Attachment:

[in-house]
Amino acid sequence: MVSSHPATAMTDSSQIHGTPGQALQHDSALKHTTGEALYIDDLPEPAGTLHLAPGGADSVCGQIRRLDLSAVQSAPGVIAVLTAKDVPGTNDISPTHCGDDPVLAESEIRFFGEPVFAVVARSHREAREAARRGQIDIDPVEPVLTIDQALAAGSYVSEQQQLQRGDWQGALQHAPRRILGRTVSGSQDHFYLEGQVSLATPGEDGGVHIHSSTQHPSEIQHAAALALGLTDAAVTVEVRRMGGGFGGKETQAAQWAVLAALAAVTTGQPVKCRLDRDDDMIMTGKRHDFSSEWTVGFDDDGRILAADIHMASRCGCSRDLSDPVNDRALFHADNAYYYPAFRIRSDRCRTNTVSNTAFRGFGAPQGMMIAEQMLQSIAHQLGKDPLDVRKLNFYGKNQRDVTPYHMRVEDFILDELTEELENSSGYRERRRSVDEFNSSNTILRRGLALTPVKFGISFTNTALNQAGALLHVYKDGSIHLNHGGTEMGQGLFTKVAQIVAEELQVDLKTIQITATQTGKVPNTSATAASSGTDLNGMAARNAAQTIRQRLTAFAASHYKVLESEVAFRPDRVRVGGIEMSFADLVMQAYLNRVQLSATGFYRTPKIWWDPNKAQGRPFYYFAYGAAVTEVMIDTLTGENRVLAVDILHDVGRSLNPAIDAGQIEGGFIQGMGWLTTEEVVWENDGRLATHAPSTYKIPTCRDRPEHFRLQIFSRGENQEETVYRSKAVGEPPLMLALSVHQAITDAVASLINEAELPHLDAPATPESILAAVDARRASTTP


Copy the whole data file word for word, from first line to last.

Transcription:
[in-house]
Amino acid sequence: MVSSHPATAMTDSSQIHGTPGQALQHDSALKHTTGEALYIDDLPEPAGTLHLAPGGADSVCGQIRRLDLSAVQSAPGVIAVLTAKDVPGTNDISPTHCGDDPVLAESEIRFFGEPVFAVVARSHREAREAARRGQIDIDPVEPVLTIDQALAAGSYVSEQQQLQRGDWQGALQHAPRRILGRTVSGSQDHFYLEGQVSLATPGEDGGVHIHSSTQHPSEIQHAAALALGLTDAAVTVEVRRMGGGFGGKETQAAQWAVLAALAAVTTGQPVKCRLDRDDDMIMTGKRHDFSSEWTVGFDDDGRILAADIHMASRCGCSRDLSDPVNDRALFHADNAYYYPAFRIRSDRCRTNTVSNTAFRGFGAPQGMMIAEQMLQSIAHQLGKDPLDVRKLNFYGKNQRDVTPYHMRVEDFILDELTEELENSSGYRERRRSVDEFNSSNTILRRGLALTPVKFGISFTNTALNQAGALLHVYKDGSIHLNHGGTEMGQGLFTKVAQIVAEELQVDLKTIQITATQTGKVPNTSATAASSGTDLNGMAARNAAQTIRQRLTAFAASHYKVLESEVAFRPDRVRVGGIEMSFADLVMQAYLNRVQLSATGFYRTPKIWWDPNKAQGRPFYYFAYGAAVTEVMIDTLTGENRVLAVDILHDVGRSLNPAIDAGQIEGGFIQGMGWLTTEEVVWENDGRLATHAPSTYKIPTCRDRPEHFRLQIFSRGENQEETVYRSKAVGEPPLMLALSVHQAITDAVASLINEAELPHLDAPATPESILAAVDARRASTTP